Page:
7/ Michael Cohen's suspicious activity reports (SARs) aren't missing – the Treasury Department has restricted access to them. Earlier this week, a law enforcement official admitted to leaking some of Cohen's banking records over concerns they had been removed from a Treasury Department database as part of a cover-up. The official could only access one SAR related to Cohen, but knew that two more should have been available. The Treasury Department also restricted some law enforcement agencies from accessing the database despite memorandums of understanding that allow agencies, including the DEA, the FBI, and the IRS, to access the information. (BuzzFeed News)

  • 🤔 Let's work together to answer your vexing questions about the curious case of Cohen's SARs, where Avenatti got his information, and whether Mueller may already have Coehn's reports. (WTF Community Center)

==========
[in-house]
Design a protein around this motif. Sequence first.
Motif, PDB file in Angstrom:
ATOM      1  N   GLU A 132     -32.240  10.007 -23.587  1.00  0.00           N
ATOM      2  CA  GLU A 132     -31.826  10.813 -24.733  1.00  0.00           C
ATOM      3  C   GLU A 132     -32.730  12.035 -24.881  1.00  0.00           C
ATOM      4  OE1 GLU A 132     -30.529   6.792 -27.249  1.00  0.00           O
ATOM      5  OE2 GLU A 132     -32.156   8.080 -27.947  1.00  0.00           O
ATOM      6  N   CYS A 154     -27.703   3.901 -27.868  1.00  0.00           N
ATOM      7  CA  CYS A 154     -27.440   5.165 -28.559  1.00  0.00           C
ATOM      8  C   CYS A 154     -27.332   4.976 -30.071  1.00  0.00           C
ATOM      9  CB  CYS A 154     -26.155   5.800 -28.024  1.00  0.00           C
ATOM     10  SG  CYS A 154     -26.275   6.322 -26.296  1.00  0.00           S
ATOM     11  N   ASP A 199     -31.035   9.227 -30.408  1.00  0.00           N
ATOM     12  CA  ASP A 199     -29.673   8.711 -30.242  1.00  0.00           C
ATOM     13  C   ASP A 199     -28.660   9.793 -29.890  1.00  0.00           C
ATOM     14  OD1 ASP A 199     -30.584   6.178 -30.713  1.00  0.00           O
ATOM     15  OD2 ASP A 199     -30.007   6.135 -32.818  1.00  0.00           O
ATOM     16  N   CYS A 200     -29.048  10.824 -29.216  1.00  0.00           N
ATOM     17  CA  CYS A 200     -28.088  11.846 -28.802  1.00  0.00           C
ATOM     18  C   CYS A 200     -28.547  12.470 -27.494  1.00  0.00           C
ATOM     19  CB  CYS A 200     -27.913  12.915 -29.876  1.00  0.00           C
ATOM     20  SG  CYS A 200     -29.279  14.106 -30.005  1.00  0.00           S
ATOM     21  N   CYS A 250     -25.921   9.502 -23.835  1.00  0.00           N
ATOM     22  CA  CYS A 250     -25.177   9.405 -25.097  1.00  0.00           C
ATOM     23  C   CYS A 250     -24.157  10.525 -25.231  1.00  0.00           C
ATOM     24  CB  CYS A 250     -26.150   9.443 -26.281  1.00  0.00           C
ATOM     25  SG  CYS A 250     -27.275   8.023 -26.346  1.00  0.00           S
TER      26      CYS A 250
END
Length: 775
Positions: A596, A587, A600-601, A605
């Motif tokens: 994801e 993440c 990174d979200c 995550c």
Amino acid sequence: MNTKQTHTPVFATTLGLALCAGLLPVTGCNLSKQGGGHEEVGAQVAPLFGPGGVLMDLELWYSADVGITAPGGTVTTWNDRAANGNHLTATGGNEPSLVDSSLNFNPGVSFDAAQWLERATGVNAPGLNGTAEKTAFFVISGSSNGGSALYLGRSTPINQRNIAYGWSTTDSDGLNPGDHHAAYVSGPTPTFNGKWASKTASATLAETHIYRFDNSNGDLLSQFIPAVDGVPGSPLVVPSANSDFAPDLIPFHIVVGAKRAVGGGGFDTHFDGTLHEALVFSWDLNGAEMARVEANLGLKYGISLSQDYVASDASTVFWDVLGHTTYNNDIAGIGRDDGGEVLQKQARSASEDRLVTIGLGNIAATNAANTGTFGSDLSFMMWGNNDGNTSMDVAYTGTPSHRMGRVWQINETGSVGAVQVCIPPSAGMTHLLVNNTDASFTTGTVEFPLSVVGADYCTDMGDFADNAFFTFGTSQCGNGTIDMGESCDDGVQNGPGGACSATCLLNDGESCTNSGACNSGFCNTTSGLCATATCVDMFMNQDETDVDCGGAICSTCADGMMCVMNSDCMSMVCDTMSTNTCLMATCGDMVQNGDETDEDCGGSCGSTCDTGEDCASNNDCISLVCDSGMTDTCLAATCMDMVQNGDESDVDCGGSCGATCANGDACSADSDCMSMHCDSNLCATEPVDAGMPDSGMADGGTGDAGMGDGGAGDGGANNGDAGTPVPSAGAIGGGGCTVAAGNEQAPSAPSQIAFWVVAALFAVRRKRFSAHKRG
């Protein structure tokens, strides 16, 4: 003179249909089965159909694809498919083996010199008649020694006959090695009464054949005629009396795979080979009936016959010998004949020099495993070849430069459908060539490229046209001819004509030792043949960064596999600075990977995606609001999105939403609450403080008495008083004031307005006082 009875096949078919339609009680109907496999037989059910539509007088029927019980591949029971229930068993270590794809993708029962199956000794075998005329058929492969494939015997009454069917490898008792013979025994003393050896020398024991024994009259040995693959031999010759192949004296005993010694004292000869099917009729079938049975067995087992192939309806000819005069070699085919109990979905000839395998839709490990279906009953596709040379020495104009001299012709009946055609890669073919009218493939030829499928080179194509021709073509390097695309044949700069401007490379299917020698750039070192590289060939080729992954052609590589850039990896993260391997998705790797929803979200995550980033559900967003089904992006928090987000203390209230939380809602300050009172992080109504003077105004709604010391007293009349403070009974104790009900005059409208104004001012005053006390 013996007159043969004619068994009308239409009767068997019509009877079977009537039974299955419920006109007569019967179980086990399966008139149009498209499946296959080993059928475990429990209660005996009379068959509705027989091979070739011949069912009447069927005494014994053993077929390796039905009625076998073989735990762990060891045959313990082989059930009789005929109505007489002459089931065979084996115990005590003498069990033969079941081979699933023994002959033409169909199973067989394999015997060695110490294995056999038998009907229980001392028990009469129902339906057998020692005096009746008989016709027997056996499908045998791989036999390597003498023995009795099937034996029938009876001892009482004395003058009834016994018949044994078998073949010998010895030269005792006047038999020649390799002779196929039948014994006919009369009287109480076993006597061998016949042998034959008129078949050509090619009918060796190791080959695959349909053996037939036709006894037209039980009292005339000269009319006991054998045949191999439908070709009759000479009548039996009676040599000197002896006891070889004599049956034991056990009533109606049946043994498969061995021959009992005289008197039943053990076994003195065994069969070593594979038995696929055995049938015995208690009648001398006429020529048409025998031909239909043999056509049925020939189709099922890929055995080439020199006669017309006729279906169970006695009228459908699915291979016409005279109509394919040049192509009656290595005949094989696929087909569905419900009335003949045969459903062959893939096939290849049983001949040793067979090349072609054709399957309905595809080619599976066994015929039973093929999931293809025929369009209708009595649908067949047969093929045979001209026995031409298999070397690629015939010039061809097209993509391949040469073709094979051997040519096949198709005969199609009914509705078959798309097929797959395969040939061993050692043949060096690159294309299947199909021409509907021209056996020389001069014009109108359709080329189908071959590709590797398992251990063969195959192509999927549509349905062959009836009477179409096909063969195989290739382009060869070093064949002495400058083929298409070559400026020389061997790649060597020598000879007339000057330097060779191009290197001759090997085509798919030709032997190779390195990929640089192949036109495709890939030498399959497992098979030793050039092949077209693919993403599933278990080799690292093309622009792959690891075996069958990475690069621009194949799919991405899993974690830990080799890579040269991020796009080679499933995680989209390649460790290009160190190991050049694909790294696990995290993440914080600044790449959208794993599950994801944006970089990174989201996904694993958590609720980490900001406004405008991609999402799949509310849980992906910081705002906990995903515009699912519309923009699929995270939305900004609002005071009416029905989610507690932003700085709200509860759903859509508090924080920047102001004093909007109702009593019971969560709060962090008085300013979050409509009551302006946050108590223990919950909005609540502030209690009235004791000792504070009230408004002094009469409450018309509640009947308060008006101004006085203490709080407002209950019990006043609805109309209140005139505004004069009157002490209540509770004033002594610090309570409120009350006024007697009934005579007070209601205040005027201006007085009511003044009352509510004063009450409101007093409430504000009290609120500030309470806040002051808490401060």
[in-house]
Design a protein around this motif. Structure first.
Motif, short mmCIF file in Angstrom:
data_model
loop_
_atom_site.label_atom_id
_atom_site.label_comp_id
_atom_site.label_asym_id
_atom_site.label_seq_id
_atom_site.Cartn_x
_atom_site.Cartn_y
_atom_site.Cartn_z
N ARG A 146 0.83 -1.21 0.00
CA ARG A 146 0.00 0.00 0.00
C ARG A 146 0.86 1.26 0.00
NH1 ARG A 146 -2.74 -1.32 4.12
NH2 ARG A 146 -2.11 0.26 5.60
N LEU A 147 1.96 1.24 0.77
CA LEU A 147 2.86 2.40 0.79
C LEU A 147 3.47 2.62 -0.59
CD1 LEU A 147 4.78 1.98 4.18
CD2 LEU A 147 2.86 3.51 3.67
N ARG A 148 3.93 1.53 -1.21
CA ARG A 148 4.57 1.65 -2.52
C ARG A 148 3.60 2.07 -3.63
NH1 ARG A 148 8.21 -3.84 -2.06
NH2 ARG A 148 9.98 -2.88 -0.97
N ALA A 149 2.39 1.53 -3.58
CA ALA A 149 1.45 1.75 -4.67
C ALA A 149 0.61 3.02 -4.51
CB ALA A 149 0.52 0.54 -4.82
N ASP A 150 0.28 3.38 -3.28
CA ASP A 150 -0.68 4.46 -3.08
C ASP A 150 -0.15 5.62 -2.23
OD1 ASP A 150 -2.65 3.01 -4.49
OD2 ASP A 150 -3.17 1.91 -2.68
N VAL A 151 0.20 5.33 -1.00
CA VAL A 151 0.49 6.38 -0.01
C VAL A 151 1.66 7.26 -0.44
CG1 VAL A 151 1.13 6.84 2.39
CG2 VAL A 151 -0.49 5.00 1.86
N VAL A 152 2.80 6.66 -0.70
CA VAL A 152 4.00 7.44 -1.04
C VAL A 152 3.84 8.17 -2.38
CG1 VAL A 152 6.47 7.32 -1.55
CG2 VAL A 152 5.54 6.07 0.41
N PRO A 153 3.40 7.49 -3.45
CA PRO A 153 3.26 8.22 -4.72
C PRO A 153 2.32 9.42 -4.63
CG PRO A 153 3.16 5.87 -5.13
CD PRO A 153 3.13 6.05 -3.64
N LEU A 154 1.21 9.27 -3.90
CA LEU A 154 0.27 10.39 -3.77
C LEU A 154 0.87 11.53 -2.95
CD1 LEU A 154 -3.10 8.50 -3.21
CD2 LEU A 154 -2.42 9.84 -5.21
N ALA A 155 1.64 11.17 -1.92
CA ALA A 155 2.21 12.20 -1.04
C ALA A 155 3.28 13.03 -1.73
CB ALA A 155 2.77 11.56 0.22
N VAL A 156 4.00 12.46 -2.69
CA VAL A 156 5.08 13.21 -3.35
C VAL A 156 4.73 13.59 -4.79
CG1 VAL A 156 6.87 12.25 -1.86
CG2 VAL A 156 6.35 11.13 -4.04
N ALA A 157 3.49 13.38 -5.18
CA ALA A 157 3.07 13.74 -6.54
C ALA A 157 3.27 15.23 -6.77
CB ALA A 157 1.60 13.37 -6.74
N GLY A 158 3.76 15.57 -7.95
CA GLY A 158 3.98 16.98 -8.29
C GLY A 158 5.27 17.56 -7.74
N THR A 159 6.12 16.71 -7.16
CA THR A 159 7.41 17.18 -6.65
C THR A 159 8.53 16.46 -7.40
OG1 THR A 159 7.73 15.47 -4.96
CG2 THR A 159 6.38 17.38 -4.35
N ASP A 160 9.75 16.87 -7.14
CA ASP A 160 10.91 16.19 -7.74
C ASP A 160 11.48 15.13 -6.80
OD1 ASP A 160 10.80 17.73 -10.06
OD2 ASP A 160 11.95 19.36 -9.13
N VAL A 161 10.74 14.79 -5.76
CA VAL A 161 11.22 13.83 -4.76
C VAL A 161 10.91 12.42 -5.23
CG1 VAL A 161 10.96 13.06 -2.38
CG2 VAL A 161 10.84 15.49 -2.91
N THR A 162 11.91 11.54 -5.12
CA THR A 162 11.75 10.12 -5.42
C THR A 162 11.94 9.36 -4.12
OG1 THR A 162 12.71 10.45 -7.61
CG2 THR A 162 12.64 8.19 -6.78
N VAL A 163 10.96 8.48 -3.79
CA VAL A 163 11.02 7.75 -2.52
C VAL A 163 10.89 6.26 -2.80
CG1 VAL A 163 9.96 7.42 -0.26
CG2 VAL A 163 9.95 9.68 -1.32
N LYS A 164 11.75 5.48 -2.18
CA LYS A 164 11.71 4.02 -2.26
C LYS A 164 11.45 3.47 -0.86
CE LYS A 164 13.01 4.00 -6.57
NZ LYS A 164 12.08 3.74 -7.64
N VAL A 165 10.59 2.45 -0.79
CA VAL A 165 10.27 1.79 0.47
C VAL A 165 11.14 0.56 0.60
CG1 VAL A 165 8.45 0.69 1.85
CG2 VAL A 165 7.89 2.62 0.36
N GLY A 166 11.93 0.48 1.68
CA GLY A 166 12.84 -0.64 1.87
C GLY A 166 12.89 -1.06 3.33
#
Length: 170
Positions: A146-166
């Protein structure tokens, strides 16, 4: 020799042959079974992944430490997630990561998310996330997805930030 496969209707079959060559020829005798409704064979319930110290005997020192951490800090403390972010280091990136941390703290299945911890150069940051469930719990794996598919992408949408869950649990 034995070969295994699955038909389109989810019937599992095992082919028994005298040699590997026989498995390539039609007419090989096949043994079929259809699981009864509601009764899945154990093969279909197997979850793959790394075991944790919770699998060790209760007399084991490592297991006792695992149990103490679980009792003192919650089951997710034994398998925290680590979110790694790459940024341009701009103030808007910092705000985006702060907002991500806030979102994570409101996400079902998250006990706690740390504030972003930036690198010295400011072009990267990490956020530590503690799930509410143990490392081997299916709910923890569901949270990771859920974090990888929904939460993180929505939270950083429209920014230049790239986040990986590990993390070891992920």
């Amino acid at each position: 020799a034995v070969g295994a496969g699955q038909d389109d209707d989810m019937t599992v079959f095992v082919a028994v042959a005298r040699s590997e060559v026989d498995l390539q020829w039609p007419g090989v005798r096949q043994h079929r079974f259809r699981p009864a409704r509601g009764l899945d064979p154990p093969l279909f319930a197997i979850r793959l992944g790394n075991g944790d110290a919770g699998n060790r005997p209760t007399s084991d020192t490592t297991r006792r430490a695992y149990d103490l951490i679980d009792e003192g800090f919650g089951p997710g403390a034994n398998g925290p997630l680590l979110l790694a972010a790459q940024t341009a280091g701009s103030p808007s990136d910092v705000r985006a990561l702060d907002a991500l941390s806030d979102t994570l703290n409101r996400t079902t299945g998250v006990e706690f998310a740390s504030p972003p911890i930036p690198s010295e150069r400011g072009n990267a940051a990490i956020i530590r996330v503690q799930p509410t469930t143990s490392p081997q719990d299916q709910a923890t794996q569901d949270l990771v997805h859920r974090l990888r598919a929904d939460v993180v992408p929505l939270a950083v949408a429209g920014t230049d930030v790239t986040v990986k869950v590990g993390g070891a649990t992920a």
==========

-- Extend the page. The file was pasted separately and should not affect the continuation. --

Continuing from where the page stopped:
8/ At least 10 people were killed and 10 more wounded in a shooting at a high school in Santa Fe, Texas. Trump offered his "support to everyone affected" and said mass shootings have been "going on too long in our country." Hillary Clinton, meanwhile, called for legislative action, saying that by failing to act, "we are failing our children." And, in an open letter to Trump and federal lawmakers, New York Gov. Andrew Cuomo wrote: "You were elected to lead – do something." (New York Times / CNN / The Hill / ABC News)

  • An armed man ranting "anti-Trump" rhetoric opened fire on police officers at the Trump National Doral Miami Golf Club in South Florida before he was wounded and apprehended. (New York Times / Sun Sentinel)

Notables.

  1. Trump personally asked the postmaster general to double the rate the Postal Service charges Amazon.com. Megan Brennan has resisted, explaining multiple times that the rates are bound by contracts and must be reviewed by a regulatory commission. Brennan also told Trump that the Amazon relationship is beneficial for the Postal Service. (Washington Post)